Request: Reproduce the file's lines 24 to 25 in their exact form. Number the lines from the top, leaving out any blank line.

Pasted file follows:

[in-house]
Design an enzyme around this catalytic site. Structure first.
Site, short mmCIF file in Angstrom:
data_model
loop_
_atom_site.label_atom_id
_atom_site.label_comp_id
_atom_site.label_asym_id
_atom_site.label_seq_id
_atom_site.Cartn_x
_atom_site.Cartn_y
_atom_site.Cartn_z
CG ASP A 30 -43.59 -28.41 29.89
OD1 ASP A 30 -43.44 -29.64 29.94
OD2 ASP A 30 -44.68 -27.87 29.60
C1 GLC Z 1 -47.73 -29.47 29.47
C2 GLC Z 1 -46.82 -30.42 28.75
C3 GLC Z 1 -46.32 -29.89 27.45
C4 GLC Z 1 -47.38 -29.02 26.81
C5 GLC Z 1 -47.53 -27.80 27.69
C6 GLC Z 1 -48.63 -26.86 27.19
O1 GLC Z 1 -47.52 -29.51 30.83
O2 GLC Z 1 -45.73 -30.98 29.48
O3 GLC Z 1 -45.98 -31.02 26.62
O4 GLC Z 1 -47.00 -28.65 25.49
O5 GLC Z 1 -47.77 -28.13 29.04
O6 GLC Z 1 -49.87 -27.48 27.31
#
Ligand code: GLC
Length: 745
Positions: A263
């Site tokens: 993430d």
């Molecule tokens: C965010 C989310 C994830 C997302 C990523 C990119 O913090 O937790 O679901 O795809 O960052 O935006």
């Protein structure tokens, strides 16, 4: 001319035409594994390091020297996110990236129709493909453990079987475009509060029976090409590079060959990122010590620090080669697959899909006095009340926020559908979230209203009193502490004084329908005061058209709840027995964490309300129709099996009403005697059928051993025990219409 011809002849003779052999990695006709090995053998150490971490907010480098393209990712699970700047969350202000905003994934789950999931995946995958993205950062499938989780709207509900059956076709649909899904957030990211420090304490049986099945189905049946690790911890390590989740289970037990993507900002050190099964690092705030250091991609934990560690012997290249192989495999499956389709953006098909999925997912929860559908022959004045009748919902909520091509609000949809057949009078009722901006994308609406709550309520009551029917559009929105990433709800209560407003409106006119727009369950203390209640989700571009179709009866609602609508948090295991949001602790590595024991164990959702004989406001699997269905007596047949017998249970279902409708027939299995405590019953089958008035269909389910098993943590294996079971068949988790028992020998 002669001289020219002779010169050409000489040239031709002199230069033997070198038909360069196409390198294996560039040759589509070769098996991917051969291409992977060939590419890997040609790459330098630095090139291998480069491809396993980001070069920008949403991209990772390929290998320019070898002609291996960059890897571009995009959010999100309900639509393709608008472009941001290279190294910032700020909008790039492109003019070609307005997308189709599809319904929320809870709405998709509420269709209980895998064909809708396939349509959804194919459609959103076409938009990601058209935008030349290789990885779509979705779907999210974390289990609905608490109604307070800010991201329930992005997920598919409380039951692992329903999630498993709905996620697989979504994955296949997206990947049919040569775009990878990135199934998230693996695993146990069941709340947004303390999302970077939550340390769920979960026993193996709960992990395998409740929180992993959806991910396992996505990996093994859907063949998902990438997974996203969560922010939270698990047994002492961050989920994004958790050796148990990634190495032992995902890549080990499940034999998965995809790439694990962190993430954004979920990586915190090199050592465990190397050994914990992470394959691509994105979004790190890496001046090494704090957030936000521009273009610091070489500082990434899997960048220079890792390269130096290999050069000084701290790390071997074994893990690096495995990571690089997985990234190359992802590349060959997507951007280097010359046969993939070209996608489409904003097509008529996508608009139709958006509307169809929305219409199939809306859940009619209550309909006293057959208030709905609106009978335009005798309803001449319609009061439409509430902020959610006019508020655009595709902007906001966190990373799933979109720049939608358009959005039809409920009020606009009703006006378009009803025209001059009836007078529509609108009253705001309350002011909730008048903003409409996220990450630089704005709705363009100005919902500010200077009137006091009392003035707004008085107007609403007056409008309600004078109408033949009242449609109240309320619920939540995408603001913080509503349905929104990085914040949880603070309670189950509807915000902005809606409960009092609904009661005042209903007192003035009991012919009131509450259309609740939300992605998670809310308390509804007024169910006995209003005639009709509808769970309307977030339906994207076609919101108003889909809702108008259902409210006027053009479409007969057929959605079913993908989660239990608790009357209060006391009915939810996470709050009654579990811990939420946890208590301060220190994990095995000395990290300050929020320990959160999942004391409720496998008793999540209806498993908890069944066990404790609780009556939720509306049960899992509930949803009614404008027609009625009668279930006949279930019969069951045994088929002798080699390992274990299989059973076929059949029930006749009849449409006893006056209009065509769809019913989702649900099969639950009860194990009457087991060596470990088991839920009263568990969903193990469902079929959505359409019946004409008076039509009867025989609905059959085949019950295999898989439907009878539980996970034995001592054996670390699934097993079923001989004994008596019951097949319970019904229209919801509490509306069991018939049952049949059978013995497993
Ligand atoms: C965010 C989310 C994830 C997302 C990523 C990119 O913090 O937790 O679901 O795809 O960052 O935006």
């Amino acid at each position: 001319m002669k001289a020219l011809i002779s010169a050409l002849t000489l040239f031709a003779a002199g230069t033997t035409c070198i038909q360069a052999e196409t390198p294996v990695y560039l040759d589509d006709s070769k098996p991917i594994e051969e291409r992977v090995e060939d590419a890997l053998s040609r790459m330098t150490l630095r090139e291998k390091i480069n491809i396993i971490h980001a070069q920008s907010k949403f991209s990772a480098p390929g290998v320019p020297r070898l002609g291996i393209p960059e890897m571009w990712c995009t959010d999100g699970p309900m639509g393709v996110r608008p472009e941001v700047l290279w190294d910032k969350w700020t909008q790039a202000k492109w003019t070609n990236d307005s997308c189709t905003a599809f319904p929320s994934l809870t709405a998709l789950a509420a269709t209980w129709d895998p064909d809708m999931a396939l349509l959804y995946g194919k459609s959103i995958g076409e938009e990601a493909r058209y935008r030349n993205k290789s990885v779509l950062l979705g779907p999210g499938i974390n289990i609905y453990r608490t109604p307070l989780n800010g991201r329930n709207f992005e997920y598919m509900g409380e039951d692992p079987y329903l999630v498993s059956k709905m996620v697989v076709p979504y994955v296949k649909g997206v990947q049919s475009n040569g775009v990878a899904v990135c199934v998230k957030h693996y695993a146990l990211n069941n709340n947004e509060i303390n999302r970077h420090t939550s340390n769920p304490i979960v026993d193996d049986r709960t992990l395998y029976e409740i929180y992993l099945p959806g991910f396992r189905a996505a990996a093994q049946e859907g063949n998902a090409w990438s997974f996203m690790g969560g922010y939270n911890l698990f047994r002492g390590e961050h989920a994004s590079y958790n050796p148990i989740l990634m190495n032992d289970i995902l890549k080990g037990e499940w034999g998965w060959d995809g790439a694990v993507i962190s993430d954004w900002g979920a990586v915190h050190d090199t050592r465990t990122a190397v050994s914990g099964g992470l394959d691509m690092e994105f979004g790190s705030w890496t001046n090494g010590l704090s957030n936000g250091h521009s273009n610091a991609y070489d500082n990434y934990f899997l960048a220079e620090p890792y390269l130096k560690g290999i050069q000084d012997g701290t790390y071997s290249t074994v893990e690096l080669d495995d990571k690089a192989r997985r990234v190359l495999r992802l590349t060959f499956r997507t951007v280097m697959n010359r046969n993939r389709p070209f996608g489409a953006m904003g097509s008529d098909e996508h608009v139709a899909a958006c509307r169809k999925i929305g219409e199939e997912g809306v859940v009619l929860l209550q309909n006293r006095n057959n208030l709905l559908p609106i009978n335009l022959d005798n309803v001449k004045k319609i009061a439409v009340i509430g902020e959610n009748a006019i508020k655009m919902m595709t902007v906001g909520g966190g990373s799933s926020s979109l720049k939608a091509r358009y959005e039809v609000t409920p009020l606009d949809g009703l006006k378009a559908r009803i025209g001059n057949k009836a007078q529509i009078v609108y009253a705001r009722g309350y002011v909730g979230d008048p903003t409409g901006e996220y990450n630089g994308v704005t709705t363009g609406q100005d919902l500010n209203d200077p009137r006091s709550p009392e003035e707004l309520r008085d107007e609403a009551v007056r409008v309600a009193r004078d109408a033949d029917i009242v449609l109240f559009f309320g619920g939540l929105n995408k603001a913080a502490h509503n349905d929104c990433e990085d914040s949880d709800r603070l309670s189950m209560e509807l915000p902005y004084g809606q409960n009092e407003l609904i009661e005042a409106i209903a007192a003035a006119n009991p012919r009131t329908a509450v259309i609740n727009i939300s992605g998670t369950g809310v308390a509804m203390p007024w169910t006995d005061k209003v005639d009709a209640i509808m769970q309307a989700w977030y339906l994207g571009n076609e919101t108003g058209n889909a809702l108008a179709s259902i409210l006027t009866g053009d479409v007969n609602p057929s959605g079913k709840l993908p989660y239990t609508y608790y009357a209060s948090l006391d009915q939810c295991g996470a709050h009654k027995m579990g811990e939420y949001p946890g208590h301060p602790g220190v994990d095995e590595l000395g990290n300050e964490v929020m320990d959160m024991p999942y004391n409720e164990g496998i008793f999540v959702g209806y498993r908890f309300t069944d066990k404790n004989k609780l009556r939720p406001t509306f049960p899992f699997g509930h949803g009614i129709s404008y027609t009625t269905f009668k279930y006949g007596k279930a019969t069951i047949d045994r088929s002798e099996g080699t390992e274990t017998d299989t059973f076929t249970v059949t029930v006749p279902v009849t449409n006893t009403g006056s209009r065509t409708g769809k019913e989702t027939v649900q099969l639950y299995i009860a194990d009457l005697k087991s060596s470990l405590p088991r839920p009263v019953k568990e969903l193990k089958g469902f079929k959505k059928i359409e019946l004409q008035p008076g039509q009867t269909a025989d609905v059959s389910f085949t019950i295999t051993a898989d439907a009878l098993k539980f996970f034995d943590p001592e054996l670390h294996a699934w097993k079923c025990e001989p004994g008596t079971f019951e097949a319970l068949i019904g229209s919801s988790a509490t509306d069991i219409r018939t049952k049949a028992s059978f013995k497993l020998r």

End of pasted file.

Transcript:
O3 GLC Z 1 -45.98 -31.02 26.62
O4 GLC Z 1 -47.00 -28.65 25.49